Wildlife & Biodiversity

Noida twin tower demolition: How will it affect local flora, fauna

It will take a long time for plants in the area to recover from the effects of dust; birds and mammals will leave for some time

By Rajat Ghai
Published: Monday 29 August 2022
Jackals are found in large numbers in the vicinity of the Yamuna, which is located quite near the demolition site. Photo: iStock

The demolition of the Supertech twin towers in Noida August 28, 2022, is expected to affect the local flora and fauna in more ways than one, experts have told Down To Earth.

Many birds and mammals will leave the area for some time, while long-term effects are difficult to assess at the moment and will require examination, they added.

The demolition has produced large amounts of dust. Heavier dust particles will settle down soon but the light particulate matter will probably remain in the air for weeks, Shourabh Gupta, senior research associate, Clean Air, Centre for Science and Environment, Delhi, said.

The settling of the dust particulate will also depend on wind speed and wind direction. Dust will also remain in the air because of loading and unloading of trucks for clearing the debris, he added.

But most worryingly, the local flora is going to suffer.

“The towers were located in a residential neighbourhood with large green spaces and significant tree cover. The post-demolition dust has engulfed nearby trees and vegetation.

Sprinklers are being operated, water has been sprinkled on trees, vehicles and smog guns were being operated to settle down the dust which may have localised benefits but seem inadequate to douse the dust and other fine debris,” Gupta said.

Dinabandhu Sahoo, director of Centre for Himalayan Studies, Delhi University (DU) and senior professor, Department of Botany, DU, explained how flora would be hit.

“When you have such fine particles that form in the aftermath of the implosion, all leaves and the canopy will be covered completely. So, the rate of photosynthesis will come down. Once that happens, the plants’ productivity will reduce,” he told DTE.

If there was continuous rain, the dust would be washed away and percolate into the soil and remain there for some time.

“But it will take a long time for the plants and trees to be rejuvenated. Birds and insects, especially pollinators will be affected. The only way this situation can be changed for the better is sprinkling water continuously,” Sahoo noted.

He also stressed that since the demolition was a first-of-its-kind event in India, multiple studies should be undertaken to gauge its impact not just on biodiversity but also humans.

Impact on fauna

The area where the implosion took place is home to several types of birds and some mammalian species as well. Most experts DTE spoke to, said these would leave the area for some time and come back later.

“That place will become devoid of any kind of biodiversity. There will be a drastic collapse in populations,” Sohail Madan, assistant director with the Bombay Natural History Society, said.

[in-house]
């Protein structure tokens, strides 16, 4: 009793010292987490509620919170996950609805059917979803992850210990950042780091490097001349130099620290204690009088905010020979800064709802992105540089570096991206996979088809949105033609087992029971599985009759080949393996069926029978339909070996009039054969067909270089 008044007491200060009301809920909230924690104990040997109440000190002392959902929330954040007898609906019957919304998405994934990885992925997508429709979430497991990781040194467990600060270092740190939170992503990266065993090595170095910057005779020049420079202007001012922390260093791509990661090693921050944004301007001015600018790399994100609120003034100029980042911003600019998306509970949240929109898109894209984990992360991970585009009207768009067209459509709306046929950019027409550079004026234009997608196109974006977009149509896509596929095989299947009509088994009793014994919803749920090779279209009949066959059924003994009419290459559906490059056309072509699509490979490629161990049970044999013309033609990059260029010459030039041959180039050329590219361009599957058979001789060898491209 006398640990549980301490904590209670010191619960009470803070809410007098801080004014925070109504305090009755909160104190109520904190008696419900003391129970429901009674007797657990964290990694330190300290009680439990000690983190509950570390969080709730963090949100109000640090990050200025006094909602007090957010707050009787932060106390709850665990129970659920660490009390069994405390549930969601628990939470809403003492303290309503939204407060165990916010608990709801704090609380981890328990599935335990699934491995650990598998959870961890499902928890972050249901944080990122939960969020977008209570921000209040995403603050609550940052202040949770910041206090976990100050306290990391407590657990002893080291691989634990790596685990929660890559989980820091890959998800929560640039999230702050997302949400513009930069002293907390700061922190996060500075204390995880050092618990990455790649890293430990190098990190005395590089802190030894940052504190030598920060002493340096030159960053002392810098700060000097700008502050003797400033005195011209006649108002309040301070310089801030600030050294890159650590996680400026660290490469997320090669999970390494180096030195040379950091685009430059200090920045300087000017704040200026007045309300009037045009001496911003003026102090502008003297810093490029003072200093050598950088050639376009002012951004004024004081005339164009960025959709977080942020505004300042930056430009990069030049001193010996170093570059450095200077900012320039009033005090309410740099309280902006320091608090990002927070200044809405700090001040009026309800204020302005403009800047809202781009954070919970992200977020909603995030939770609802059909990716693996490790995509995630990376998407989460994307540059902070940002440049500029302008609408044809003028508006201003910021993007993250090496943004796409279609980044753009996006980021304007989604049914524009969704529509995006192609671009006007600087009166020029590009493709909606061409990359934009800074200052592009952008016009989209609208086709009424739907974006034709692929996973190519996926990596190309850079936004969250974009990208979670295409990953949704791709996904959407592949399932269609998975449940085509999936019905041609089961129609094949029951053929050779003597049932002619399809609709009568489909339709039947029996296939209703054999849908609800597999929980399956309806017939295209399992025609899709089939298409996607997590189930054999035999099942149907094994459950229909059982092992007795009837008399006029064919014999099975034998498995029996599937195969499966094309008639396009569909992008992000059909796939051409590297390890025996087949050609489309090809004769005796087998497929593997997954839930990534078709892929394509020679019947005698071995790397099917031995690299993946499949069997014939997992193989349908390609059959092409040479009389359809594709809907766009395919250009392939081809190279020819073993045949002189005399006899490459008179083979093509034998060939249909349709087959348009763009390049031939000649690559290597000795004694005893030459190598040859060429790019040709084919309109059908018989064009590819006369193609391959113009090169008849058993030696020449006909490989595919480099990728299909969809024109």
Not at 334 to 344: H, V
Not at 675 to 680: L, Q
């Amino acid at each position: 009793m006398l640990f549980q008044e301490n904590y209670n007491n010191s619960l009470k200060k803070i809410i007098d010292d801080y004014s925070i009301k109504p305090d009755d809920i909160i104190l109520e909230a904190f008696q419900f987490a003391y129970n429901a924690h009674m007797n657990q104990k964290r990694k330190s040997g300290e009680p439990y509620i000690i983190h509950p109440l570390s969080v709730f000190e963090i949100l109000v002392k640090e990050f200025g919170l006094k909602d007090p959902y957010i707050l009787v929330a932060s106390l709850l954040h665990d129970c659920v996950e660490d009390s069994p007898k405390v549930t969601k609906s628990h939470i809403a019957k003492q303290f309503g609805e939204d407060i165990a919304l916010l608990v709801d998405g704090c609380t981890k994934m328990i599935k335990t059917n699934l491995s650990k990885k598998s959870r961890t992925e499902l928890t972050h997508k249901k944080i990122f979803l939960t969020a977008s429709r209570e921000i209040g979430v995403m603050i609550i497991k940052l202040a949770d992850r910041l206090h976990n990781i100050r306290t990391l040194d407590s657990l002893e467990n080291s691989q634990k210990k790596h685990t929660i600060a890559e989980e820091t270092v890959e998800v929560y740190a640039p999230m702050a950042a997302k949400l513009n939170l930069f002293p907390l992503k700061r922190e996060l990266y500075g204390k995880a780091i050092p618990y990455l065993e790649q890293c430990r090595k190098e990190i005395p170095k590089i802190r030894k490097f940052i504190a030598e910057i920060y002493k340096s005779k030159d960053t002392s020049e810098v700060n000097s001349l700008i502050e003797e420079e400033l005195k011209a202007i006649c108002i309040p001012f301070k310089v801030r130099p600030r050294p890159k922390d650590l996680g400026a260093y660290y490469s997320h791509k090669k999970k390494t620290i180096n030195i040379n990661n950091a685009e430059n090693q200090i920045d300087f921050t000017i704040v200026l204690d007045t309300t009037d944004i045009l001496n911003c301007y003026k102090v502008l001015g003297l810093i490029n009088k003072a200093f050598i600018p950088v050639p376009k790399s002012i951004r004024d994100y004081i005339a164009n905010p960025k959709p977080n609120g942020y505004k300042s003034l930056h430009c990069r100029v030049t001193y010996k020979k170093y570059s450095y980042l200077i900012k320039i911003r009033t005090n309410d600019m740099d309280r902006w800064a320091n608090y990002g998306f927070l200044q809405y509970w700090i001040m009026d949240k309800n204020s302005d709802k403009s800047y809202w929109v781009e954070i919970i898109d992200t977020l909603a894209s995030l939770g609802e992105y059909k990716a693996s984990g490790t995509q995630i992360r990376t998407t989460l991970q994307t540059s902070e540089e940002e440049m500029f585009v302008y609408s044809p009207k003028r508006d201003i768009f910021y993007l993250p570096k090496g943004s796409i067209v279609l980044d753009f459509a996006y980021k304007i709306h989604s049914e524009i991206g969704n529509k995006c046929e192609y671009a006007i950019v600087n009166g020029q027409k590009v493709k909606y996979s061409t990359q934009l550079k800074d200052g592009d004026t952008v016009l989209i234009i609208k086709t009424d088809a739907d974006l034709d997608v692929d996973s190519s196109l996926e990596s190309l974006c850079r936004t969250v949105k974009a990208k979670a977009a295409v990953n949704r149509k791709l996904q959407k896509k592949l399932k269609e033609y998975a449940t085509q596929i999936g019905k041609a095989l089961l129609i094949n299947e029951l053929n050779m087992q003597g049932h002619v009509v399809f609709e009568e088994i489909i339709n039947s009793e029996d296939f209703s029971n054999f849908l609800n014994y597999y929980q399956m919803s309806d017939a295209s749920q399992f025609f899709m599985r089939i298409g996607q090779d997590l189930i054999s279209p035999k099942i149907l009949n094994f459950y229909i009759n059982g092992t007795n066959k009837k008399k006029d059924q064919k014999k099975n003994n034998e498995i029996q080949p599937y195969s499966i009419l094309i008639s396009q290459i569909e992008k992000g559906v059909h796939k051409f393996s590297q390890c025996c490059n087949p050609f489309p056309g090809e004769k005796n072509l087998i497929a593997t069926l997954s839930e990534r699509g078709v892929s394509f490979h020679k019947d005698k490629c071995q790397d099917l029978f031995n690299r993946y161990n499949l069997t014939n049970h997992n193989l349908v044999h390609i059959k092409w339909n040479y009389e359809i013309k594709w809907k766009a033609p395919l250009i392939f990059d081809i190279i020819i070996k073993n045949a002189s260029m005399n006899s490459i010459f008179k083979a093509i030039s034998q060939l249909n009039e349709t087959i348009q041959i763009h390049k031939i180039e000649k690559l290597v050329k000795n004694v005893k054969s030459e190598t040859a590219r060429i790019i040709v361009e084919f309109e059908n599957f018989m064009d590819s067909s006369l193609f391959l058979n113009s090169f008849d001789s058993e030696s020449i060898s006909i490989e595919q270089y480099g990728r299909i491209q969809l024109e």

He added that it was difficult to talk about long-term impacts at the moment. “I am not sure if materials like asbestos or other harmful substances were used in the construction of the buildings. If arsenic and mercury were used, there would be long-term impacts on humans as well as wildlife,” Madan said.

The area where the implosion took place as well as those in its vicinity are very rich in bird life, Madan said. “There are mostly normal garden birds there. Owls, barn owls, spotted owlet, scops owls as well as water birds, will all be impacted,” he added.

Faiyaz Khudsar, Delhi-based wildlife biologist, pointed to the noise created by the implosion.

“Studies have shown that birds living within cities change their vocalisation due to the noise around them. Vocalisation is used by birds for breeding and protection. But they change the pitch and quality of their vocalisation due to noise pollution,” he said.

Khudsar added though that the noise in this case was short-term hence birds and mammals in the area would leave for some time.

Certainly, mammals would be affected like their avian counterparts. Murali Krishna Chatakonda, assistant professor, Amity Institute of Forestry and Wildlife, Amity University, Noida, talked about the impact on rodents like squirrels.

“There will definitely be a negative impact on squirrels though they are more used to urbanisation. Squirrels have respiratory systems similar to humans. So the particulate matter floating for weeks will affect them as well,” Chatakonda said. He added that squirrels too would leave the area but would come back once the dust settled.

Khudsar said jackals were common in the vicinity of the Yamuna, which is located quite near the demolition site.

“Here, they get plenty of food in the form of rodents, berries called locally as jharberi (Ziziphus nummularia), the fruit of the wild jujube plant as well as carrion,” Khudsar said.

 “The nilgai antelope is also found in the area as it is a denizen of the Yamuna floodplain, where there are hardly any natural predators to hunt it,” he added.

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